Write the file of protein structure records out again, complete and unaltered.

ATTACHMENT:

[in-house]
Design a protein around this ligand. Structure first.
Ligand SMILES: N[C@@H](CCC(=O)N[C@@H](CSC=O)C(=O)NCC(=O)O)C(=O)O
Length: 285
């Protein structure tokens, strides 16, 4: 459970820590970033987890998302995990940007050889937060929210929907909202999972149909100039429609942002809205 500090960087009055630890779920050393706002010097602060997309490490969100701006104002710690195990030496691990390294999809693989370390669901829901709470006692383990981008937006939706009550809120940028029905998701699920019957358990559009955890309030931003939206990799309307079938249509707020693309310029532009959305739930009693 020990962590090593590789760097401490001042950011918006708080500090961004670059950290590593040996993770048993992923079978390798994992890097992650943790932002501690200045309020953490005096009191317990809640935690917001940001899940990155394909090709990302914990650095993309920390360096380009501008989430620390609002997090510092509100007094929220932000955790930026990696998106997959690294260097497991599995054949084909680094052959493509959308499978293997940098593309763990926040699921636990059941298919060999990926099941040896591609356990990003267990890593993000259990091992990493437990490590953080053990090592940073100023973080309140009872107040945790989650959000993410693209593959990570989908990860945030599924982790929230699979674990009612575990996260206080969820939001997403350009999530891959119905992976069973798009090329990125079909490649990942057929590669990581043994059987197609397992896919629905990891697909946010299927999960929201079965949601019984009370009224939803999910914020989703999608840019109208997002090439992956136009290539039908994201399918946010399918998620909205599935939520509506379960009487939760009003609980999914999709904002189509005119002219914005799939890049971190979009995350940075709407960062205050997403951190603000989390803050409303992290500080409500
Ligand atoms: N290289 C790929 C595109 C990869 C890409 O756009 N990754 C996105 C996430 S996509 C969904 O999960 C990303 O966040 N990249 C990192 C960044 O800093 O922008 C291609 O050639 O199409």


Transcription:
[in-house]
Design a protein around this ligand. Structure first.
Ligand SMILES: N[C@@H](CCC(=O)N[C@@H](CSC=O)C(=O)NCC(=O)O)C(=O)O
Length: 285
């Protein structure tokens, strides 16, 4: 459970820590970033987890998302995990940007050889937060929210929907909202999972149909100039429609942002809205 500090960087009055630890779920050393706002010097602060997309490490969100701006104002710690195990030496691990390294999809693989370390669901829901709470006692383990981008937006939706009550809120940028029905998701699920019957358990559009955890309030931003939206990799309307079938249509707020693309310029532009959305739930009693 020990962590090593590789760097401490001042950011918006708080500090961004670059950290590593040996993770048993992923079978390798994992890097992650943790932002501690200045309020953490005096009191317990809640935690917001940001899940990155394909090709990302914990650095993309920390360096380009501008989430620390609002997090510092509100007094929220932000955790930026990696998106997959690294260097497991599995054949084909680094052959493509959308499978293997940098593309763990926040699921636990059941298919060999990926099941040896591609356990990003267990890593993000259990091992990493437990490590953080053990090592940073100023973080309140009872107040945790989650959000993410693209593959990570989908990860945030599924982790929230699979674990009612575990996260206080969820939001997403350009999530891959119905992976069973798009090329990125079909490649990942057929590669990581043994059987197609397992896919629905990891697909946010299927999960929201079965949601019984009370009224939803999910914020989703999608840019109208997002090439992956136009290539039908994201399918946010399918998620909205599935939520509506379960009487939760009003609980999914999709904002189509005119002219914005799939890049971190979009995350940075709407960062205050997403951190603000989390803050409303992290500080409500
Ligand atoms: N290289 C790929 C595109 C990869 C890409 O756009 N990754 C996105 C996430 S996509 C969904 O999960 C990303 O966040 N990249 C990192 C960044 O800093 O922008 C291609 O050639 O199409």